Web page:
Like the BarCamp the week before there was a really good mix of familiar and unfamiliar faces in the crowd and a whole raft of interesting sessions. The camp was held at the Critical Mass offices here in Toronto (I believe they also picked up the tab on lunch). As is my usual trend at these events, I tended to shuffle around from session to session throughout the day, tuning into whichever conversation/discussion peaked my interest as I caught snippets. I’m a horrible note taker, but thankfully we had some good ones out at the camp and their notes can be found here.
All in all I can safely say it was a successful week for the TorCamp community. Across the three events I’d estimate we had roughly 200 unique people come out and participate including a lot of new faces (a call for a show of hands for first time *Campers @ BarCampTTW resulted in HALF the group raising their hands).
Was Toronto Tech Week as a whole a success? Hard to say – there was a bunch of other events across the week. Mesh was a huge success but it was there long before the week was planned (Tech Week was actually set for this past week largely because of Mesh). All in all my concern with Tech Week was it was using a Field of Dreamonomics approach – the dates were declared and made a program, but aside from that it seemed there was very little co-ordination effort across all of the events to present a consistent brand etc. – a “build it and they will come”.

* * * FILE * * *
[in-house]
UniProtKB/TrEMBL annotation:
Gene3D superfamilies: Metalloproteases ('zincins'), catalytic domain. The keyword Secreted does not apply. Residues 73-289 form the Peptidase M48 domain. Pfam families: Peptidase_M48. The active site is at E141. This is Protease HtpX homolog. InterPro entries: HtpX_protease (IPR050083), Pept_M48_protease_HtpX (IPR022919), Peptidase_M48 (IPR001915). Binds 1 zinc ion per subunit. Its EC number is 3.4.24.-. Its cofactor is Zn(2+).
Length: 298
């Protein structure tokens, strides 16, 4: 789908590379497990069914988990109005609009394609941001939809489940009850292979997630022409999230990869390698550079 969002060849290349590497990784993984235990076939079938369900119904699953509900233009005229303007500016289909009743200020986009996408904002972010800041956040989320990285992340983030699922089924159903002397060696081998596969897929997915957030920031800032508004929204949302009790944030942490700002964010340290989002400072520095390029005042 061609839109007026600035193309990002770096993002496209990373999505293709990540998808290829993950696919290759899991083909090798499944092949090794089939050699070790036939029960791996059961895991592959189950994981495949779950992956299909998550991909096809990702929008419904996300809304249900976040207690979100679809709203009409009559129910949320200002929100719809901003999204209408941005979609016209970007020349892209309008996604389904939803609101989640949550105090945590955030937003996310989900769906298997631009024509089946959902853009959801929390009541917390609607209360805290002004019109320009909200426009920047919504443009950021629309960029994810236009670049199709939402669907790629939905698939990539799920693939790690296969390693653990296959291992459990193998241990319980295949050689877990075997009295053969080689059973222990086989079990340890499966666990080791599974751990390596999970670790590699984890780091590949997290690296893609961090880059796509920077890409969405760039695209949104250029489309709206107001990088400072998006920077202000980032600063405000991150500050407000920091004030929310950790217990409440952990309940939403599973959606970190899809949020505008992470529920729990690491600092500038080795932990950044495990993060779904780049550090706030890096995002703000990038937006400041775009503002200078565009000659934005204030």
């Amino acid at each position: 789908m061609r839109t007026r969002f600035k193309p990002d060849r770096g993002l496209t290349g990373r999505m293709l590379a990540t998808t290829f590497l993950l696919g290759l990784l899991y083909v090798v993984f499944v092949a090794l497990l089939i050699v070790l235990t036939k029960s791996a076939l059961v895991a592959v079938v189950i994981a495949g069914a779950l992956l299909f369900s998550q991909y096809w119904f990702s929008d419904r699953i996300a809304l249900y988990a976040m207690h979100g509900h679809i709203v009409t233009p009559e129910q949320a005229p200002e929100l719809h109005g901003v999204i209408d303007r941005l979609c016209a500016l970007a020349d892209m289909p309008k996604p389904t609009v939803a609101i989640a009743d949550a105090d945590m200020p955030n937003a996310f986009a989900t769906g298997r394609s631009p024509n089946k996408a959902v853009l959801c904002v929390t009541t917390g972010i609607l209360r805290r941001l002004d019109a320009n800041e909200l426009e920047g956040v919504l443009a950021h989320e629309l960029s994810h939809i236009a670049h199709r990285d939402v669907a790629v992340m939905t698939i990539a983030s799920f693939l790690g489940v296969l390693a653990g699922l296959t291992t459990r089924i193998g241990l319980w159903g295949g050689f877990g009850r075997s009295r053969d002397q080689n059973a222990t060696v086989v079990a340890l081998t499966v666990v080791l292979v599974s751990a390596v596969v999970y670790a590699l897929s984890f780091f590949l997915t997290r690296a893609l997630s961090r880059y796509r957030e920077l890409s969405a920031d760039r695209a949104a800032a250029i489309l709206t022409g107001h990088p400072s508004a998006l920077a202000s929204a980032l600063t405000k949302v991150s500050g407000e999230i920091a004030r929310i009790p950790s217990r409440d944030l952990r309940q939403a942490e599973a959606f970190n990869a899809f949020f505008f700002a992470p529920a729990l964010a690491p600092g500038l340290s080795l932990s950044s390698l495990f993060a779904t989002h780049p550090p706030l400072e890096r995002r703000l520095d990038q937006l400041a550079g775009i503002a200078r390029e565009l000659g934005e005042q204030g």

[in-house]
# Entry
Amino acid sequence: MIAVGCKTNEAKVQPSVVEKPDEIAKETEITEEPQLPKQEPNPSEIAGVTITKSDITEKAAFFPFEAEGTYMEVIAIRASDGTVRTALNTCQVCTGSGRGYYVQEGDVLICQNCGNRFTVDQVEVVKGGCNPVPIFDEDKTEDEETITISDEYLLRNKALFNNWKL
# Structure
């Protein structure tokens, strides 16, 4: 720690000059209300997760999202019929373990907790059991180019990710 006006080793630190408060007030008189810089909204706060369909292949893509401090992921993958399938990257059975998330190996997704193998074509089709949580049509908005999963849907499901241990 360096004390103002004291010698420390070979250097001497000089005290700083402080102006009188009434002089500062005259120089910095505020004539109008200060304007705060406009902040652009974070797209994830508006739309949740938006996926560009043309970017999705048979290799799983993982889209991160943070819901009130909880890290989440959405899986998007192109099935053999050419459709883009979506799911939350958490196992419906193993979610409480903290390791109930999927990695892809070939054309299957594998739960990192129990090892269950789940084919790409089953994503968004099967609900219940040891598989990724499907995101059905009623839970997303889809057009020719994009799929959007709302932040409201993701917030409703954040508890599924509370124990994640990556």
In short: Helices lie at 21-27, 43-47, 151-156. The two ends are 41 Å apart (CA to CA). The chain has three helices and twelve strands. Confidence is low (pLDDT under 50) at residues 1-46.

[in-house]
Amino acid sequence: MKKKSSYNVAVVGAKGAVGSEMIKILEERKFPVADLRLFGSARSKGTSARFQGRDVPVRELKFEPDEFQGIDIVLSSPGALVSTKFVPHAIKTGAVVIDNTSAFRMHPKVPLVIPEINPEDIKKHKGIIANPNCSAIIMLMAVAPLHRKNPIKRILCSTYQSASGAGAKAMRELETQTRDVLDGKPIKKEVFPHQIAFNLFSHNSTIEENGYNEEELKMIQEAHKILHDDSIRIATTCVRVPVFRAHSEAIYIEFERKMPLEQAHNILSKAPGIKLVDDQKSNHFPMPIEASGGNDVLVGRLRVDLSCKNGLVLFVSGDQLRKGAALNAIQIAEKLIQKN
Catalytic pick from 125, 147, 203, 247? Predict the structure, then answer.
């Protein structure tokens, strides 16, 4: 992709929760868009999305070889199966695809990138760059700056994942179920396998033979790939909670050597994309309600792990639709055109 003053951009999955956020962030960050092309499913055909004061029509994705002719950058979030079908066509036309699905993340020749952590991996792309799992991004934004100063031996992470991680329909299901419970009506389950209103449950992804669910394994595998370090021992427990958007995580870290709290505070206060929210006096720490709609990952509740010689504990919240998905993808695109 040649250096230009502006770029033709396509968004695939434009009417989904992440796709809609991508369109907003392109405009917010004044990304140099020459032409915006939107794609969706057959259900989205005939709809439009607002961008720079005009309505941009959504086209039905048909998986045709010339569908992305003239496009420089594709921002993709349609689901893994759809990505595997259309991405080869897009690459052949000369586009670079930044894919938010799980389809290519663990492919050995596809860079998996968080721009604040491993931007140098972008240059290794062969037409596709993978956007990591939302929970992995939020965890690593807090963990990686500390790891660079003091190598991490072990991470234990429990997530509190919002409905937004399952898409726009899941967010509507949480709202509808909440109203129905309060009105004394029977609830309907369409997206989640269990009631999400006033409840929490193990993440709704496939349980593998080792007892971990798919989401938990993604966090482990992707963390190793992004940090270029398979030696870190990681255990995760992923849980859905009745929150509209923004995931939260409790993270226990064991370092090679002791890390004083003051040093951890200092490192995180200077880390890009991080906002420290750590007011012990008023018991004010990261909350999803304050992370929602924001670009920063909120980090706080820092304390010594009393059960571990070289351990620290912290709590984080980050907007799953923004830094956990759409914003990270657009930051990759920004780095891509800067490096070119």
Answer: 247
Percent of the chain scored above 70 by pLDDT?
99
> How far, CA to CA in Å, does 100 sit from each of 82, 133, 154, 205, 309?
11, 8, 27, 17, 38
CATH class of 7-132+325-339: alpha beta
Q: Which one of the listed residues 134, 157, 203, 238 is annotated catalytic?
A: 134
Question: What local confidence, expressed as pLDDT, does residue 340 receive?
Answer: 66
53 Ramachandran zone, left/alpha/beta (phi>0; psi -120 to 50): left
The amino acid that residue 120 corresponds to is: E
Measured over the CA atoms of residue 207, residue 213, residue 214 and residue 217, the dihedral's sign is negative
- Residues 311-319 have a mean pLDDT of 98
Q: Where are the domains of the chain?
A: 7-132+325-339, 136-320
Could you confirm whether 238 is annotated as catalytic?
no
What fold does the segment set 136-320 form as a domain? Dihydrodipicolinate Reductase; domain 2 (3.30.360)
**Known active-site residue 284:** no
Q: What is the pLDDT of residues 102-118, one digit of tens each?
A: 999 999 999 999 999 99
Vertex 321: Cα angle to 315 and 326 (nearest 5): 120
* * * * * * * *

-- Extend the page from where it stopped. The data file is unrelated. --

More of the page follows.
I found the event was also all but invisible within the city – unless you were already involved in the tech community here in the city or worked for Toronto Economic Development you probably had no idea it was even happening.
Certainly it’s an event worth continuing but in future years I think the scope of the week needs to be expanded. The week certainly demonstrated we have an active tech community/cluster here in Tor
onto but aside from that it offered very little to show people why they (or their employees) would want to live in or relocate to Toronto, not just work here. The schedule for the most part was Monday to Friday 9am to 5pm. This meant the two weekend BarCamps weren’t on the schedule but it also meant we weren’t showcasing any of the other “things” Toronto has to offer.
Where was “Techlicious”? Theater packages? Other “see the city” promotions? It wouldn’t have taken a whole lot more to work to try and get some meal specials around the city in the spirit of Summerlicious/Winterlicious. We’re a theater capital – why not show it off? And so on and so on…
Hopefully next year the city can take what they’ve learned and build out a better promoted, consistently branded and broader focused week – we’re a good looking city when it comes to tech, now we need to show we’ve got some personality.